“I'll give you a bag of M&M's if you keep it,” Conway bargains.
Leander peers at him, suspicious. “Peanut butter or regular?”
“Whichever you want.”
“Ugh, fine. I'm gonna get my coat.”
Conway shakes his head. “I can't buy them now, I'm going to the park.”
“I'm going too,” Leander says.
“Tell him to piss off,” I say.
Conway raises his hands, trying to reason with the little bugger. “Stay here. I'll get you the candy tomorrow. You don't even like the park.”
With a glare, Leander says, “I do too. I'm coming or I'm telling mom.”
“But we already made a deal!” Conway raises his voice, then realizes he has and goes back to whispers. “Fine! Come on! But you're staying at the playground.”
“Pushover,” I say.
The park is named Two River park. It does not have two rivers. It has one lake with one stream and the misfortune of existing in neighborhoods of people who dislike the outdoors. Kids came to the park, largely unsupervised, and did all sorts of kid things that adults would frown upon.
Like going on dates.
Megan meets them at the entrance and if she is surprised to see Leander she doesn't show it. As they walk with him to the playground, Leander takes the lead. Conway and Megan don’t say much. Leander does the talking for them.
“Conway got in trouble for walking you home,” Leander tells her first thing.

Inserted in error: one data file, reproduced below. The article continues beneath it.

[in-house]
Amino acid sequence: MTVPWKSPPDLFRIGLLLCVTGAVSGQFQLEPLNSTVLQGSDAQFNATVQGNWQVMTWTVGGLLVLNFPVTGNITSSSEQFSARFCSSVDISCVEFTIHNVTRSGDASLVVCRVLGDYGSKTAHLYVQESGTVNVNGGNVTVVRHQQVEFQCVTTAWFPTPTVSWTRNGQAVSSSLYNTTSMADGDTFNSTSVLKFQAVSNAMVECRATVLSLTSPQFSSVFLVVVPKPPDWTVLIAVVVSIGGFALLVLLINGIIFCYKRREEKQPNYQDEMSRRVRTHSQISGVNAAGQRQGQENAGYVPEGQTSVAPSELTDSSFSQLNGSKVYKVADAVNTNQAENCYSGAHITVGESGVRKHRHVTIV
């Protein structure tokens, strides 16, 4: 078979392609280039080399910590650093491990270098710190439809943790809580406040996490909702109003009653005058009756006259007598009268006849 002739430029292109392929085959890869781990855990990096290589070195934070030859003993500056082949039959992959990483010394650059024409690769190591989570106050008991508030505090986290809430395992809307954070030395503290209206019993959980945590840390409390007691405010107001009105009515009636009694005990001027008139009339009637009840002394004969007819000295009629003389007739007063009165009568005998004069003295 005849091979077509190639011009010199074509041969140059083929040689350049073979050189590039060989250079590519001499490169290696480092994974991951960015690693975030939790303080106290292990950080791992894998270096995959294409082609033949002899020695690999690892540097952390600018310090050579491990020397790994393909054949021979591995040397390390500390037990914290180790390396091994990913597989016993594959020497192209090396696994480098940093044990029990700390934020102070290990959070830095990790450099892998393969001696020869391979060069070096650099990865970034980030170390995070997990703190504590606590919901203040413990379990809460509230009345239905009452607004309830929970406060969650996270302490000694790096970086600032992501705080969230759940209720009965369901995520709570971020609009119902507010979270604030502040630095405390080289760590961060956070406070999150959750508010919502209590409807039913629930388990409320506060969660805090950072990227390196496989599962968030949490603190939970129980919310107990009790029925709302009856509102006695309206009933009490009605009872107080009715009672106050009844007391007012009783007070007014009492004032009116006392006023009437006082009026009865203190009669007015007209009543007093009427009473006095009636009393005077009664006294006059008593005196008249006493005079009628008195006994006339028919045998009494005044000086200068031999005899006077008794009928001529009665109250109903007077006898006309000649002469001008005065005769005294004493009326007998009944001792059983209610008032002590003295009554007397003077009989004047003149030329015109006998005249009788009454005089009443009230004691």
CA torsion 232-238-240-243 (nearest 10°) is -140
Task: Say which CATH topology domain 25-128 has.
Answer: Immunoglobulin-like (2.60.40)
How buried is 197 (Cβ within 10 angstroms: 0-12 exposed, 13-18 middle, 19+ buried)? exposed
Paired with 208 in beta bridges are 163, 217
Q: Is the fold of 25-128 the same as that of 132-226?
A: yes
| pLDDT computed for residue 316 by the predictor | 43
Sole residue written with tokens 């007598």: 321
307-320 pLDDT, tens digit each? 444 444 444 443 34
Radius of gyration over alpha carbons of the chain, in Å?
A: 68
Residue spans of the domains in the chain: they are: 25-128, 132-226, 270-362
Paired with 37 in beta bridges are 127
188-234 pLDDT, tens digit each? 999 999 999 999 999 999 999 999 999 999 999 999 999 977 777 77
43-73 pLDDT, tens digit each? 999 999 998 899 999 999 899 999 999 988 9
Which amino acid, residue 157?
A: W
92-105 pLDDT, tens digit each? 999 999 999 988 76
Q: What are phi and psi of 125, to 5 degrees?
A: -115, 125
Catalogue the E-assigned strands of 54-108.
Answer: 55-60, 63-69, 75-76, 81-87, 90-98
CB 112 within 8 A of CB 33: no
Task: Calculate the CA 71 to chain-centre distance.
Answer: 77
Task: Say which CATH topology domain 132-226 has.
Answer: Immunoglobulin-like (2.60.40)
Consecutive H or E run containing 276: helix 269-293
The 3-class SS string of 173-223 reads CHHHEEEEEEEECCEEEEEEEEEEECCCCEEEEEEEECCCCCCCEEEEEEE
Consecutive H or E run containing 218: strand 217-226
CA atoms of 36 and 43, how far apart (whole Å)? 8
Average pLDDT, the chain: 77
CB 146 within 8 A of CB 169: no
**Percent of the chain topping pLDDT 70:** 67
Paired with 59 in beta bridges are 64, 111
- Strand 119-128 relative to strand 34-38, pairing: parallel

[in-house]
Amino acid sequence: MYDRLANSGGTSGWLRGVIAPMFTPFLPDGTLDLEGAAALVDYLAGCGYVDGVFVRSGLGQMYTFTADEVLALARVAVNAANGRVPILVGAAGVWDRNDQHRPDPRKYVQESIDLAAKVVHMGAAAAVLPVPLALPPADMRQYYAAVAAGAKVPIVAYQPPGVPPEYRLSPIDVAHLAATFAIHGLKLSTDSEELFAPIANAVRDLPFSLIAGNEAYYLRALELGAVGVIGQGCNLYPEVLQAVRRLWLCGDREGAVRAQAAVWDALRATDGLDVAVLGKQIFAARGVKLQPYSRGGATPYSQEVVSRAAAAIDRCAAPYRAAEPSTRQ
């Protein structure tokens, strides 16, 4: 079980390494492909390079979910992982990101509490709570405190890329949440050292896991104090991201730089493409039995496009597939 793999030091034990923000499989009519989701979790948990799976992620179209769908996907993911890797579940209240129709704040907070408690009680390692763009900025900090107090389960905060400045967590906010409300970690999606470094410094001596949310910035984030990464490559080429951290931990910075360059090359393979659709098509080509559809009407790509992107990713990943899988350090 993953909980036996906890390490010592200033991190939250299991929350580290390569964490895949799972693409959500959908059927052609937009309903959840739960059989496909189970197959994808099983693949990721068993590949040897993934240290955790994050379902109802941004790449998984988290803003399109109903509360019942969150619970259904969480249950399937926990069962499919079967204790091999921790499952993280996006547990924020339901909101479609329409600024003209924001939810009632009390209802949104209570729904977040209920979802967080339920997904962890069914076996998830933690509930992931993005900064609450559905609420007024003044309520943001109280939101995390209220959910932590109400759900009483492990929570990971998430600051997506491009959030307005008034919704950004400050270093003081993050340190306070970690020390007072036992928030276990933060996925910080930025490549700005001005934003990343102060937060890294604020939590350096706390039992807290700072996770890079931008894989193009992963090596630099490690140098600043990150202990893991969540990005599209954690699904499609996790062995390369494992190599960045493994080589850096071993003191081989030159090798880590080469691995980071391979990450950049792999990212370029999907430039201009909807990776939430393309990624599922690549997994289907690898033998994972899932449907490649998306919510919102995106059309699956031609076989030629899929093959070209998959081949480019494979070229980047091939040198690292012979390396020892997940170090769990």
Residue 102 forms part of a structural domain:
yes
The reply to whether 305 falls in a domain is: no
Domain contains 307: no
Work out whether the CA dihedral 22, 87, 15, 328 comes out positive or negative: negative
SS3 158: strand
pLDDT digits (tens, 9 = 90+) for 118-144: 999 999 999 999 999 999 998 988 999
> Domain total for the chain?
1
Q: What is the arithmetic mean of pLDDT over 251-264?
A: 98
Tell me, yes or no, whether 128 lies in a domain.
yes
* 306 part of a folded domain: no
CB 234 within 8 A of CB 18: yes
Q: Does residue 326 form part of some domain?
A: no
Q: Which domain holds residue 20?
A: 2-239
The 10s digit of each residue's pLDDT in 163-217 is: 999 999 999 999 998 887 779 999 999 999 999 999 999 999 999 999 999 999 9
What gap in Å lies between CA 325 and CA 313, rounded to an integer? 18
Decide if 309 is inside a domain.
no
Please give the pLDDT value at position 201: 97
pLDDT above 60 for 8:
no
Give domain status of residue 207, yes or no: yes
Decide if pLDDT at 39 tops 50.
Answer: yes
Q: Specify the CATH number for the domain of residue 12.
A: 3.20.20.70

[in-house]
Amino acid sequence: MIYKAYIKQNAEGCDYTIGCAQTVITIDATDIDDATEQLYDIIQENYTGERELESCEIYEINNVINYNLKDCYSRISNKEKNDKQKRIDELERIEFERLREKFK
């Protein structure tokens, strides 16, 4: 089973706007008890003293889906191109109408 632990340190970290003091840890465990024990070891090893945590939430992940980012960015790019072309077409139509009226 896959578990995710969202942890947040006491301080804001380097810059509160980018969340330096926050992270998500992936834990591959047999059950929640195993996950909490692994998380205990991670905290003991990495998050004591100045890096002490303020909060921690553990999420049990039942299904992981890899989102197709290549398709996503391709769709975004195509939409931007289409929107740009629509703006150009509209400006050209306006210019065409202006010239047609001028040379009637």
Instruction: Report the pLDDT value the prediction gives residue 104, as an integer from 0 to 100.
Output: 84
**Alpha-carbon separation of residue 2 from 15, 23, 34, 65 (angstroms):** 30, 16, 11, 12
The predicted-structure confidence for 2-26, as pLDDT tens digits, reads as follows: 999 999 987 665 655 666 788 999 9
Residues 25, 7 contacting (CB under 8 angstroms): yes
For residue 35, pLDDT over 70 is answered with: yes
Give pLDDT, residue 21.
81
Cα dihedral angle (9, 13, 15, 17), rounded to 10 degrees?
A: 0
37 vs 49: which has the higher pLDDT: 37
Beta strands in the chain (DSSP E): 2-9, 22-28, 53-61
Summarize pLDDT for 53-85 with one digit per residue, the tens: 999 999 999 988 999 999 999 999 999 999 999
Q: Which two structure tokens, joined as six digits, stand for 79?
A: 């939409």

“He did? Why?” She asks.
Conway blushes. He wishes for Megan to never learn about his step-mother.
“Nothing I can do about that, kiddo. Just don’t tell her.”
“Mom doesn’t want me to walk home alone,” says Leander. “She says the predators will get me. I told her there aren’t any bears or mountain lions, but she doesn’t listen. So I have to walk home with Conway, even though I hate him.”
Megan frowns. “I’m sure you don’t hate your brother.”
“'Course I do.” Leander crosses his arms and Conway rubs his face with his hand, like his dad does when he's frustrated.
“I bet this weekend mom takes me ice skating and not you and we’ll get chilidogs.”
“Good for you,” Conway says. Megan looks at Leander crossly, wondering how in the world any kid is this bratty. Megan is an only child. She doesn’t know what it's like to have siblings, so she isn't sure this isn't normal sibling behavior, since Conway doesn't seem that bothered by it.
Megan decides she is overreacting.
She also decides she doesn’t like Leander.
“I don’t like chilidogs,” she says. “They make people smell like pigs.”
Leander frowns at her at the same time Conway smiles.
I decide I like Megan.
“Go play on the playground, Leander,” says Conway.
“Oh, come on. You’ve got your candy. Just go swing or something!”